Preface (TL; DR):
- After reading this blog post you should know about some techniques and performance optimizations around rendering text in WebGL/OpenGL ES. (Signed Distance Fields) SDF + Mesh Merging + Texture Mapping are the answer, and are the correct set of compromises in terms of performance and quality *for us*. Our “String Texture” method was the most performant way to render text that we found as long as an application didn’t have “canvas zooming” needs.
- Here are links to all the demos in this post.
- We have open sourced our rendering engine Cartogram. It provides a nice abstraction on top of ThreeJS, and a lot of tools in a world where “mesh merging” is the default. Feel free to play around with it and use it in production. Docs, more optimizations and interface changes are coming soon!
Dear text; ughhhhh… You’d think in 2015 there’d be nothing interesting left to do when it comes to rendering text. It turns out browsers and application platforms like iOS and Android shield you from much of the pain you’d normally experience in the text rendering department. WebGL, in contrast, has no native way to render text, and while ThreeJS (and other libraries) provide means for creating text, they don’t provide for solutions for rendering lots of text. With a recent release here at Eventbrite, we created a new rendering system for our venue maps using WebGL and ThreeJS. This rendering system solves the text problem in a couple ways. So let’s talk about how we developed those solutions.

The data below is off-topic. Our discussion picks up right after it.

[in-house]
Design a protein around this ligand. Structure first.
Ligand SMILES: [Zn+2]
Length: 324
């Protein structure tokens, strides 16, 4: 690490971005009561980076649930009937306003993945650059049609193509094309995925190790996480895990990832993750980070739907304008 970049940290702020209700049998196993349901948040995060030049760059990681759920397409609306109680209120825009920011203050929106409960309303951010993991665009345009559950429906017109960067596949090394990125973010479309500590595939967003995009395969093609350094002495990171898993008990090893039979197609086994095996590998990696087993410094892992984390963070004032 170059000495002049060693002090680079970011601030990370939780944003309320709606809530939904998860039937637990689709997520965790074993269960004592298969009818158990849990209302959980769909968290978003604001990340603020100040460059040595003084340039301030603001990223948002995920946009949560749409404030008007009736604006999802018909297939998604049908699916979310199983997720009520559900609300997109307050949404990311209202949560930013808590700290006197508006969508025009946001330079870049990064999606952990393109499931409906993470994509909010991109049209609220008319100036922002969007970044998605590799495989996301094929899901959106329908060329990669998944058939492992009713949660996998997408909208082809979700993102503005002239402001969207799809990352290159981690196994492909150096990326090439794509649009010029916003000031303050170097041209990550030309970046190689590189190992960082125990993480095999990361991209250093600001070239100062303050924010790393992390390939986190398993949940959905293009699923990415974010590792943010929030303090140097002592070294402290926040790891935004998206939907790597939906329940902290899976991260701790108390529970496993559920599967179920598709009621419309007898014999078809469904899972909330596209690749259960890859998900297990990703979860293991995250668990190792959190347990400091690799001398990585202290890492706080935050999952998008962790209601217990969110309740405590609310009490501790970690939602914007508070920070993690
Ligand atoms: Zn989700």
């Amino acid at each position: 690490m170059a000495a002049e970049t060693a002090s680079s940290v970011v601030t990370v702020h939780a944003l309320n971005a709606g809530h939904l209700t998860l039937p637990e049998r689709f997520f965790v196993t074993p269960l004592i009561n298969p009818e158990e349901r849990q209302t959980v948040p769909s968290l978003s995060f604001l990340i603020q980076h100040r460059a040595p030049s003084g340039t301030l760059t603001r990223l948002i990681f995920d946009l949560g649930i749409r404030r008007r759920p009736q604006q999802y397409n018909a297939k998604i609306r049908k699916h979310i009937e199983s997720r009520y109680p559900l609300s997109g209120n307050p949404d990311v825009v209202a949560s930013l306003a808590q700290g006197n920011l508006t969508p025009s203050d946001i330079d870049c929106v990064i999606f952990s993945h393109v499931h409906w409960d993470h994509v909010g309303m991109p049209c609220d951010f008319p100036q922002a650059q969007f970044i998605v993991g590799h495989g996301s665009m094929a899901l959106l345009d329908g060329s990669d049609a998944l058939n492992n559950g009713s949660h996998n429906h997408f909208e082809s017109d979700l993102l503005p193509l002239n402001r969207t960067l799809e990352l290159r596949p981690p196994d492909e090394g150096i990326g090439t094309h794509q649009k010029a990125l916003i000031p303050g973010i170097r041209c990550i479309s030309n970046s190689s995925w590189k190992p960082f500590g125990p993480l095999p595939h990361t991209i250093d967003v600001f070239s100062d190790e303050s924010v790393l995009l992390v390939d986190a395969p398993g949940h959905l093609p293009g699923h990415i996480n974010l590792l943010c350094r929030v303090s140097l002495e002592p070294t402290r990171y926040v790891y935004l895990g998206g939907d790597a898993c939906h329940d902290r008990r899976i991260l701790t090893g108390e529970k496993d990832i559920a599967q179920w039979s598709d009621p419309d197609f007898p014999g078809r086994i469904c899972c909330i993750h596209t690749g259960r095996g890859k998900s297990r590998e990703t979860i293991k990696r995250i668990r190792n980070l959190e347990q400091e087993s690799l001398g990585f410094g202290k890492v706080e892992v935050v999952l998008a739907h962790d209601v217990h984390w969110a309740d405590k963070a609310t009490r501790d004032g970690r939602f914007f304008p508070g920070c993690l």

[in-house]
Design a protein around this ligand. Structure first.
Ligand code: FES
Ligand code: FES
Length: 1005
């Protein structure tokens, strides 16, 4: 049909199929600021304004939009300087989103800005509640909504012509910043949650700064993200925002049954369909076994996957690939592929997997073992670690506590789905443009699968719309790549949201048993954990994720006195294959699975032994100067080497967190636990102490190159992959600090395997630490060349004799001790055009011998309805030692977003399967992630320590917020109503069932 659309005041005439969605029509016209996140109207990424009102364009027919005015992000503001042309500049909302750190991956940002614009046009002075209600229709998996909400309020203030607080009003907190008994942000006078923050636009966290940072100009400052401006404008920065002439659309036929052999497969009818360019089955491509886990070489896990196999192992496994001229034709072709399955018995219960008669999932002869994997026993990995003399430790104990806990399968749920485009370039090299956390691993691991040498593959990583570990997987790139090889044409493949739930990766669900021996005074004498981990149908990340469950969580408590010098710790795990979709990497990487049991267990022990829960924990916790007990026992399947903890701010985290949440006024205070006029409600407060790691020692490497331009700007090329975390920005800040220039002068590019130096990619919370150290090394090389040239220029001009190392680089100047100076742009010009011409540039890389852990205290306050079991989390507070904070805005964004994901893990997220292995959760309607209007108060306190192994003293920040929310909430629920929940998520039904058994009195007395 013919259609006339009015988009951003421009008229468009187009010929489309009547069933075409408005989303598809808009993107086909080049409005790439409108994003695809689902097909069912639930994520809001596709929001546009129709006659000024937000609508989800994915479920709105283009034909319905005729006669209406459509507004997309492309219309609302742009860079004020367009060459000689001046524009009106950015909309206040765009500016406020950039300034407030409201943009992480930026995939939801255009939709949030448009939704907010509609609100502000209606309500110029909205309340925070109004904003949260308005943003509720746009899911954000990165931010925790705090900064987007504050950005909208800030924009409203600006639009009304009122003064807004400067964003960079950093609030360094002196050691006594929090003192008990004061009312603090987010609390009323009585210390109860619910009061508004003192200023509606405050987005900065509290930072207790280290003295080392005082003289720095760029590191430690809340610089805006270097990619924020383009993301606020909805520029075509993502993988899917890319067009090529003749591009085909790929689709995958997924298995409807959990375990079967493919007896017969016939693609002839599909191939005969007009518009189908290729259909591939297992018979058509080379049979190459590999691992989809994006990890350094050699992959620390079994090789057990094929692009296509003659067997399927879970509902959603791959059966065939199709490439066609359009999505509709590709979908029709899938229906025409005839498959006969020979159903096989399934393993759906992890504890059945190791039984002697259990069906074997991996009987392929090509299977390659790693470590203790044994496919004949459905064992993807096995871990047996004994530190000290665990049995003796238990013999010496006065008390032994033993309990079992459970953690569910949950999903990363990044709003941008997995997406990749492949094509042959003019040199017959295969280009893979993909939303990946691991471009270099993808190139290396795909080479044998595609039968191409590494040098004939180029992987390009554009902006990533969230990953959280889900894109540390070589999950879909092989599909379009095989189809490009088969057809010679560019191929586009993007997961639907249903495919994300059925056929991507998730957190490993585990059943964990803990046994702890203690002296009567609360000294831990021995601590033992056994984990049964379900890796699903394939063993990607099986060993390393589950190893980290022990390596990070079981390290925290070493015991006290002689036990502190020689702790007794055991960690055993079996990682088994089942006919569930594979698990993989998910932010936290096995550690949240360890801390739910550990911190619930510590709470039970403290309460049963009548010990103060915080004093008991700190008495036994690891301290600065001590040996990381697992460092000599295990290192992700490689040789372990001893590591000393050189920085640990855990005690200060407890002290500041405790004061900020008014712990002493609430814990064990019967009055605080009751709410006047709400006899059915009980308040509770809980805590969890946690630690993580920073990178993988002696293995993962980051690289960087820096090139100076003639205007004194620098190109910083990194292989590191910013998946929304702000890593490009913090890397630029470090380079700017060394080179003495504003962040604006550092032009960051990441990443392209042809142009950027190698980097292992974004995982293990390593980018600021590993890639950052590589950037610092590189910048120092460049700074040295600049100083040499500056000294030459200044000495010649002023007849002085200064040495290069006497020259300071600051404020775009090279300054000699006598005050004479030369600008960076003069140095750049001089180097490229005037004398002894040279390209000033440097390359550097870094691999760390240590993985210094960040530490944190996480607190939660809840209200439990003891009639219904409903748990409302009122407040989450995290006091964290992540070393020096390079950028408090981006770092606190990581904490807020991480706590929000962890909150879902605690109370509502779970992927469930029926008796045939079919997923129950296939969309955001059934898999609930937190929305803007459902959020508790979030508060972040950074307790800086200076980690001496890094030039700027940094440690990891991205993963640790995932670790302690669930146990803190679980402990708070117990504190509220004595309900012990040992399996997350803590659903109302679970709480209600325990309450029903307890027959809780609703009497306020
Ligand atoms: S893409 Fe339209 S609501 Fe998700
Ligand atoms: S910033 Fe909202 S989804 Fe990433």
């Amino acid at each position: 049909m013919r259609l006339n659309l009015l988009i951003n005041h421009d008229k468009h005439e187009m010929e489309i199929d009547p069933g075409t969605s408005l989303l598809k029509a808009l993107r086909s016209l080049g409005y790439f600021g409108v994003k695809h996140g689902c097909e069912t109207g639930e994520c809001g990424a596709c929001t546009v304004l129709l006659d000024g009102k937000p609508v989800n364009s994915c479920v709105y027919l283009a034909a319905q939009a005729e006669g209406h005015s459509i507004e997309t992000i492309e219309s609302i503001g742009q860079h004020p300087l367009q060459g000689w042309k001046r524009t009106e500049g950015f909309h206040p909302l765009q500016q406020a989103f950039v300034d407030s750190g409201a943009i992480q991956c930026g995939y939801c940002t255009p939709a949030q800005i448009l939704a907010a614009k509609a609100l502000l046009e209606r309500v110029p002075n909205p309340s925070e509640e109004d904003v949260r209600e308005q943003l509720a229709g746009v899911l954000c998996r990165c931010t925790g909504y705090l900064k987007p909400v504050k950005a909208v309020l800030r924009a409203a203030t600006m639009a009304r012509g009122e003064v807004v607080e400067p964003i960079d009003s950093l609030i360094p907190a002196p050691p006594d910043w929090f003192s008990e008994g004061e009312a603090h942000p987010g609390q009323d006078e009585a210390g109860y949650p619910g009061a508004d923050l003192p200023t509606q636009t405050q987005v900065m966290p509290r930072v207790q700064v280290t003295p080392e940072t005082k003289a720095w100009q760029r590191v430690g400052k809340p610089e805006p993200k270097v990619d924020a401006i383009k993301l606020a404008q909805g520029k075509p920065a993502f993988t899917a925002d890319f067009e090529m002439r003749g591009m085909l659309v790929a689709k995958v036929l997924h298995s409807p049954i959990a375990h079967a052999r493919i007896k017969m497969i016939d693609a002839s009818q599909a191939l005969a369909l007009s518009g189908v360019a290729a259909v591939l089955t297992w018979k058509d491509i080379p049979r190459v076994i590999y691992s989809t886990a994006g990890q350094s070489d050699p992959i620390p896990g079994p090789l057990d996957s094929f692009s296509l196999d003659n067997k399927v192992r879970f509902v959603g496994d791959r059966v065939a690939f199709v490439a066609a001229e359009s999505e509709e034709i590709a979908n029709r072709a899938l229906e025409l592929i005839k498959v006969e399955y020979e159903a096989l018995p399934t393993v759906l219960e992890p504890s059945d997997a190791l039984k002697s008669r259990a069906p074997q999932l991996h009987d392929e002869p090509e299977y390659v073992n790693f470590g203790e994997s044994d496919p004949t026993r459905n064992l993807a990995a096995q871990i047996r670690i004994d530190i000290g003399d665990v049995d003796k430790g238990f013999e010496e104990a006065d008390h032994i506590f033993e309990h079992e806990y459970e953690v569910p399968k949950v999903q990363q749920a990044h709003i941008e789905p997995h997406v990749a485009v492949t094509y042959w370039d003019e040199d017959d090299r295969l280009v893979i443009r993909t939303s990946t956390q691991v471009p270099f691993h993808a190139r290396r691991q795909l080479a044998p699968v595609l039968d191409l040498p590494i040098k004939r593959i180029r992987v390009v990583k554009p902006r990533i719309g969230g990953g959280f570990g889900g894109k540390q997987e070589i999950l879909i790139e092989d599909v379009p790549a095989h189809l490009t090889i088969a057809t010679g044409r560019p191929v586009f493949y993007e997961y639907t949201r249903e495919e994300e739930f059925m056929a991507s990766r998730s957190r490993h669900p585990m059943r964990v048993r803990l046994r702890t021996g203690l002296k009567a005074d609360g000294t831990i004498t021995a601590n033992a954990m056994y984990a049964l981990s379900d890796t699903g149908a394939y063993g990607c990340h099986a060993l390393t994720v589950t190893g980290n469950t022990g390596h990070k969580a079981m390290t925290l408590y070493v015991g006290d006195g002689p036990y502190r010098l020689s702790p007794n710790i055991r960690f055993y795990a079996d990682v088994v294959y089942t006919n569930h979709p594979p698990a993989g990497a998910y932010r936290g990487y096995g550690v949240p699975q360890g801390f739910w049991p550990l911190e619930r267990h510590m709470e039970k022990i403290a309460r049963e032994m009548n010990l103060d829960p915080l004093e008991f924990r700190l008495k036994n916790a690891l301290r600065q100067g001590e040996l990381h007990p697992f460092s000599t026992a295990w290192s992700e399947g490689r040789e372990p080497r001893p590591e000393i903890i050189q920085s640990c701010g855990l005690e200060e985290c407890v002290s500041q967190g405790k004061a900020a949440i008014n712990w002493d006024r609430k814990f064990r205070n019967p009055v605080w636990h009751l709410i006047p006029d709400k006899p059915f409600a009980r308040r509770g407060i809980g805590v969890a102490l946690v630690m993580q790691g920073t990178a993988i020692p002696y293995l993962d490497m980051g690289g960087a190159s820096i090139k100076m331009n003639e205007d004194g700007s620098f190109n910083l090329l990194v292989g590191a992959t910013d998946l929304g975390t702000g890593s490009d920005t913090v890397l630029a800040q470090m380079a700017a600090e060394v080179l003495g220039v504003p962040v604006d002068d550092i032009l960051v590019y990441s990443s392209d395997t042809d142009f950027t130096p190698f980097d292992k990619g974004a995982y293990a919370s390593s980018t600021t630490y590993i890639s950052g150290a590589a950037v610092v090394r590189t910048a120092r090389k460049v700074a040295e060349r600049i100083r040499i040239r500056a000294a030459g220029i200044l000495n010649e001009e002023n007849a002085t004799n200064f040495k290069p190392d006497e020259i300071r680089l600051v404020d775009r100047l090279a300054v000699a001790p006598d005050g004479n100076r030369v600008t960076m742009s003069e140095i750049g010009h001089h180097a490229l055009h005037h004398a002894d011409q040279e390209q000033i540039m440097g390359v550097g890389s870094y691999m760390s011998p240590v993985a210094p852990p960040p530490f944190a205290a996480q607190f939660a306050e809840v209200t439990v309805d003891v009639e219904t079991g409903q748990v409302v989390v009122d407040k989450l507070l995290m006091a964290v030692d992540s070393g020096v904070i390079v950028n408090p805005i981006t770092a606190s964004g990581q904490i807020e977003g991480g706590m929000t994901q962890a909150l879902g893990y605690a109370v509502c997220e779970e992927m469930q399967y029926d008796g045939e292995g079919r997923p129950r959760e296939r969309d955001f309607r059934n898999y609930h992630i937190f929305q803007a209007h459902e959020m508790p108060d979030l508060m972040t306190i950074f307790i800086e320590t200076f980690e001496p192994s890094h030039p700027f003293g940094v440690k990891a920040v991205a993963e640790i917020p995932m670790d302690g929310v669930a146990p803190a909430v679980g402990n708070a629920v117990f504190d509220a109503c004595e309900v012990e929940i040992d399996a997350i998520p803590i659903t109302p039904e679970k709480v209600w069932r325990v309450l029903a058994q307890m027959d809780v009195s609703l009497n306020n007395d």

Failure #1: ThreeJS TextGeometry
ThreeJS provides a text geometry out of the box. This works out pretty well when you have just a few pieces of text on screen. Just rendering the word “hello” is easy and quick; generating almost 6000 vertices and 2000 faces. This sounds impressive, but why so many vertices? The text geometry acts much like a model loader. ThreeJS’ TextGeometry reads a font file, and determines where to position all the vertices based on the font type and the input string. This technique is really cool and powerful!
The requirements of our Venue Map Application indicate that we need approximately 1000 strings on screen simultaneously in some cases. In our tests, generating 300 strings takes far too long, and in another trial, 1000 strings would simply crash the browser. This technique just doesn’t work for us.
The reason it takes so long to render is due to the number of “ThreeJS.Materials” we are creating. Every string in this simple system causes 1 new Material to be created. Every Material causes 1 new draw call. Every draw call, on each frame causes communication between the CPU and the GPU. Communication between the CPU and GPU is typically what causes the biggest performance bottlenecks in WebGL applications. To make this application faster we need to limit what the CPU needs to do, and offload more work to the GPU. This leads to our next strategy.
Failure #2: Merged Mesh TextGeometries
So what can we do? Well… we can merge meshes. Luckily, ThreeJS provides a solution for this.